3 out of 5 stars
1101 First Ave. S., St. Petersburg. Appetizers: $6-$13; entrees: $12-$75; desserts: $6-$10; beer, cocktails & wine: $3-$14. 727-443-7227, drbbqs.com.
There are no neutral reactions to barbecue. Which regional style reigns? Which meats lend themselves best to smoky seductiveness? And how much smoke is the perfect balance?
Visionary restaurateurs Suzanne and Roger Perry’s new restaurant with Ray “Dr. BBQ” Lampe spins global flavors inspired by his travels. Under the watchful eye of chef Anthony Masters and pitmaster Lee Jasper, the Dr. BBQ menu is extensive, and the Perrys understand atmosphere. They have a clear sense of the visual message they’re trying to convey. When you step into the space, you’re struck by the volume — and I don’t mean sound. The rustic, industrial restaurant is two stories high with a mezzanine and trophy case for some of Lampe’s many awards.
Opposite the mezzanine is a stunning bar with an impressive array of oversize Edison pendants hanging from a grid of beams. In addition to exuding great style, the bar is also well-stocked with a substantial assortment of spirits and cocktails. It’s a handsome, comfortable room.
The shareable starters have many gastronomic influences. There are kimchi fries, chorizo frito pie and street corn. We opt for three stalwarts with one-of-a-kind twists. Cornbread madeleines are a nice touch. Doing a Proustian take on a down-home staple of sweet and savory corn bread is inspired, and the bright pink prickly pear butter is tasty, despite looking like a Malibu Barbie condiment.
Brussels sprouts sautéed in beef tallow with sweet red onion and cabbage are underdone and not well-seasoned, which is a shame because this formerly shunned veggie keeps showing up everywhere in treatments that are quite tasty. Perhaps we’ve been seduced by crispness and balsamic glaze, but my entire table passes.
Reactions to the belly and buns are mixed. I’m a pork belly aficionado and a fan of bao, puffy Asian buns that look like the love child of a taco shell and a Stay Puft marshmallow. These bao are not very puffy and are obviously slightly toasted on the griddle as there are marks of caramelization. I suppose that’s appropriate for barbecue, but if you’re looking for the airiness that the steamed dumplings normally provide, it’s lacking. The belly in this case isn't crispy lush pork, but long pieces of strongly flavored lamb belly studded with fat. Lovers of lamb and/or pork belly will be excited by how the meat pairs with house pickled veggies, crisp purple slaw, a dollop of lime crema and hints of cilantro. However, one tablemate can’t stomach it. No problem, more for me.
The half rack of St. Louis ribs and the Texas Two-Step with sliced brisket and smoked turkey are pleasant, but not particularly memorable. Perhaps we made a mistake by going for the more conventional fare when the expansive menu teases of the unknown.
Check out more shots of what CL experienced from photographer Nicole Abbett
Gin salad and Sandi’s bacon and blue cheese slaw are fine sides. Yet the blue cheese crumbles that my taster craves aren't prominent, and the Waterloo No. 9 Gin seems to be hiding. Jack Daniels’ beans are plentiful, if unremarkable, while the fingerling potatoes are overwhelmed by mustard.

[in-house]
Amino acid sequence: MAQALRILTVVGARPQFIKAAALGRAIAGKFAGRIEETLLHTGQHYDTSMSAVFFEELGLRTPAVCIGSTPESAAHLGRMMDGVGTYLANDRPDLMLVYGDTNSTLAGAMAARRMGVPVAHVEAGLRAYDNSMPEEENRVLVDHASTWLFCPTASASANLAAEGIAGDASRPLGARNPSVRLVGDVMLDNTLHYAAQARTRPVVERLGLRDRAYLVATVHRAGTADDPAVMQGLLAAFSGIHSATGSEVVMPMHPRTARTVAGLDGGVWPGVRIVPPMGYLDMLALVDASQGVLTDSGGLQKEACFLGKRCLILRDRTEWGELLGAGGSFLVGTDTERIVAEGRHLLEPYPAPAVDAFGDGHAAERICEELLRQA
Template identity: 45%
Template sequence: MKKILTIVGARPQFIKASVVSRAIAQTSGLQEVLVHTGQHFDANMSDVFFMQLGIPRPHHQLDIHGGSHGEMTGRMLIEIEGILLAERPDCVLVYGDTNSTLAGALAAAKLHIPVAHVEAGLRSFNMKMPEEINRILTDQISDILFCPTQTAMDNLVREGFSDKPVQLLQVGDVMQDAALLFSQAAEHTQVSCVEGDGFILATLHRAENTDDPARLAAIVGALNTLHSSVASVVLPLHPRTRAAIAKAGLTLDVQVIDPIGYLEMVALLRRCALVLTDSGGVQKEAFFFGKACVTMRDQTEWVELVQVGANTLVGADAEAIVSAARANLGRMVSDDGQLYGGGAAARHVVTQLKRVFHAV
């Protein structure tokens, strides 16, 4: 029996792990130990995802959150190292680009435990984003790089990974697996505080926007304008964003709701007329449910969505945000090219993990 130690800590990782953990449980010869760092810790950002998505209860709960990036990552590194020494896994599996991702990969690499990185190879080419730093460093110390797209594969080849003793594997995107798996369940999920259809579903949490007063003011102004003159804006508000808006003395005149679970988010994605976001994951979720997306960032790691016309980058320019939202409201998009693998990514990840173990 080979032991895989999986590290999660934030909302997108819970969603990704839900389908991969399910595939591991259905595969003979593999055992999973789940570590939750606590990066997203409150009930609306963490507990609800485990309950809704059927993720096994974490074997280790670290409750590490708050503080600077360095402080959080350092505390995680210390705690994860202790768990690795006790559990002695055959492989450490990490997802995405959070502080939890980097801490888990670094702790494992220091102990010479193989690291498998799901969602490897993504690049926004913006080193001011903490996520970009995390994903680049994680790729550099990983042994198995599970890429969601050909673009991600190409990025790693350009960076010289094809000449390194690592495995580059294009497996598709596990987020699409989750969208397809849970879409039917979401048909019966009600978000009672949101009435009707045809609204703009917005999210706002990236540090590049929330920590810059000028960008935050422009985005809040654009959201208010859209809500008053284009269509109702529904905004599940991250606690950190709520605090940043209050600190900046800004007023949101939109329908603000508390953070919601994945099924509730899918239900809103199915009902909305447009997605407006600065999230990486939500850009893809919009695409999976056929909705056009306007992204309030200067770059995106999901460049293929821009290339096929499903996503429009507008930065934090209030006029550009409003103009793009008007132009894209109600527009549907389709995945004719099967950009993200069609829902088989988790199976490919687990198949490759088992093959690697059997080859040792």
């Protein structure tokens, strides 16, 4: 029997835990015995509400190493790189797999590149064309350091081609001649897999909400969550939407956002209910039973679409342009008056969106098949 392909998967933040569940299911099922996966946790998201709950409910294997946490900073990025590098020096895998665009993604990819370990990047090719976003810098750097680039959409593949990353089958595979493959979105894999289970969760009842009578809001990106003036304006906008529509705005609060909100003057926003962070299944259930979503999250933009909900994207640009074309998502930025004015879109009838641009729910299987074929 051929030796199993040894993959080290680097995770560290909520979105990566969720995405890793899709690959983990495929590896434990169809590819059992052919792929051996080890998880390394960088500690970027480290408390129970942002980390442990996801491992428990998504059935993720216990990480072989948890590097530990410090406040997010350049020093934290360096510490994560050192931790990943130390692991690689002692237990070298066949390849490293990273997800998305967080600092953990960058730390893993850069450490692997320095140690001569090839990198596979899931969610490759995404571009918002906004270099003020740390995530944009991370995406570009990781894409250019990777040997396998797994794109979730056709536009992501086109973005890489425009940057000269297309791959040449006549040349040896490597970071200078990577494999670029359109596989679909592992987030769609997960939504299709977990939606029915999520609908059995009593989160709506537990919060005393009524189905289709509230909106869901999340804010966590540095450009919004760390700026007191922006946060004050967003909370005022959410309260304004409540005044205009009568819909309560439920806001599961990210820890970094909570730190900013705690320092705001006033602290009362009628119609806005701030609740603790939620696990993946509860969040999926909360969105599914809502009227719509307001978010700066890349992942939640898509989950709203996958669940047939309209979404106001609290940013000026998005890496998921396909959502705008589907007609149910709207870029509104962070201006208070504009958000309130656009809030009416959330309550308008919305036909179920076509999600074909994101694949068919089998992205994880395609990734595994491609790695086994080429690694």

Stunt Pig is a sandwich of Dagwood proportions. My companions laugh when it arrives before me at the table. Not being a boa constrictor, I can't get my mouth around it, which is a disappointment. The joy of any sandwich combination is to taste the ingredients simultaneously to create a party in your mouth. It’s not even possible to cut into it.
I do enjoy the Stunt Pig elements, but they almost need to be eaten with a fork like a platter. Smoked pulled pork is piled with ribs, smoked sausage, bacon, roasted poblano, leek hay, purple slaw and melted pepper Jack — covered by Ray’s original barbecue sauce — all between two buttery slices of Texas toast. The meats are high quality, but the pulled pork is not as juicy as it would be at the perfect intersection of time and smoke.
The accompanying cone of fries is, sadly, underwhelming. They’re simply overcooked. Instead of being golden and crisp with a creamy center, they’re mostly brown, shriveled, lukewarm and flavorless. They don’t seem to have been seasoned, and there’s not ketchup in sight to help rescue this batch. To me, it’s a sign of a lazy kitchen. Fries are an ubiquitous order in our culture — so much so they’re often ignored, forgotten or past over as unworthy. But great fries are a joy that celebrates the versatility of the seemingly humble potato, which is capable of magnificent heights in the hands of a caring chef. I don’t expect Heston Blumenthal’s perfect fries, just balanced seasoning with a crisp edge and creamy center.
Dessert is more memorable than our main dishes. The appropriately named Epic Peanut Butter Pie is big enough for a family of four without teenagers. The creamy peanut butter filling studded with Heath bar and candy banana chips is light and fluffy in a house-made crushed Oreo crust topped with whipped cream, chocolate and caramel.
Sour orange pie is essentially classic key lime pie with the switch of citrus. The creamy wedge of orange filling in a graham cracker crust with whipped cream is a nice spin. The restaurant says the treat is great for one person, but it’s at least half as big (again) as most slices of pie and easily shared.
My wish is that the execution of Dr. BBQ's inventive menu will eventually catch up to the finesse of the decor.